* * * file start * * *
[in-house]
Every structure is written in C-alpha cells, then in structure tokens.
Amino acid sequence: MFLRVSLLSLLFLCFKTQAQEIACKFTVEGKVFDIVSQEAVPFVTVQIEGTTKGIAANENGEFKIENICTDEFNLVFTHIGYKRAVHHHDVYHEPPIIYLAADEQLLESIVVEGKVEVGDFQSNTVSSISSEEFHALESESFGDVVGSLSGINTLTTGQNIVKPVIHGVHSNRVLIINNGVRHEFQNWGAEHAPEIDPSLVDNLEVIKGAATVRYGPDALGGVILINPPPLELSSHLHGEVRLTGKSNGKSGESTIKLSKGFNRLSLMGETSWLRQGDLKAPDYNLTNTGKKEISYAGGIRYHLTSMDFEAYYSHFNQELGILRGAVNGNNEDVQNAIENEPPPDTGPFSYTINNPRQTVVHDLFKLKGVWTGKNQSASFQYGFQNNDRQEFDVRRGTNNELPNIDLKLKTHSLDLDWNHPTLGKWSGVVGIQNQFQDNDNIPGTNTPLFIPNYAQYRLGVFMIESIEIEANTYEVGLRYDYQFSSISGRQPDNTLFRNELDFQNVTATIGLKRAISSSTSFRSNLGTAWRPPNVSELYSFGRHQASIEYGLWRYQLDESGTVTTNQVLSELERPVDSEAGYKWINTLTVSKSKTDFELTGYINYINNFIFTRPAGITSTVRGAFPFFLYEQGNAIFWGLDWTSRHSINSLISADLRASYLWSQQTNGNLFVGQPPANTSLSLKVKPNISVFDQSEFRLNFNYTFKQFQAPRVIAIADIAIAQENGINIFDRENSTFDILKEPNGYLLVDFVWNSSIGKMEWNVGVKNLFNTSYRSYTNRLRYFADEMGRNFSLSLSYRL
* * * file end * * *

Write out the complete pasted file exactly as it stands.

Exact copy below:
[in-house]
Every structure is written in C-alpha cells, then in structure tokens.
Amino acid sequence: MFLRVSLLSLLFLCFKTQAQEIACKFTVEGKVFDIVSQEAVPFVTVQIEGTTKGIAANENGEFKIENICTDEFNLVFTHIGYKRAVHHHDVYHEPPIIYLAADEQLLESIVVEGKVEVGDFQSNTVSSISSEEFHALESESFGDVVGSLSGINTLTTGQNIVKPVIHGVHSNRVLIINNGVRHEFQNWGAEHAPEIDPSLVDNLEVIKGAATVRYGPDALGGVILINPPPLELSSHLHGEVRLTGKSNGKSGESTIKLSKGFNRLSLMGETSWLRQGDLKAPDYNLTNTGKKEISYAGGIRYHLTSMDFEAYYSHFNQELGILRGAVNGNNEDVQNAIENEPPPDTGPFSYTINNPRQTVVHDLFKLKGVWTGKNQSASFQYGFQNNDRQEFDVRRGTNNELPNIDLKLKTHSLDLDWNHPTLGKWSGVVGIQNQFQDNDNIPGTNTPLFIPNYAQYRLGVFMIESIEIEANTYEVGLRYDYQFSSISGRQPDNTLFRNELDFQNVTATIGLKRAISSSTSFRSNLGTAWRPPNVSELYSFGRHQASIEYGLWRYQLDESGTVTTNQVLSELERPVDSEAGYKWINTLTVSKSKTDFELTGYINYINNFIFTRPAGITSTVRGAFPFFLYEQGNAIFWGLDWTSRHSINSLISADLRASYLWSQQTNGNLFVGQPPANTSLSLKVKPNISVFDQSEFRLNFNYTFKQFQAPRVIAIADIAIAQENGINIFDRENSTFDILKEPNGYLLVDFVWNSSIGKMEWNVGVKNLFNTSYRSYTNRLRYFADEMGRNFSLSLSYRL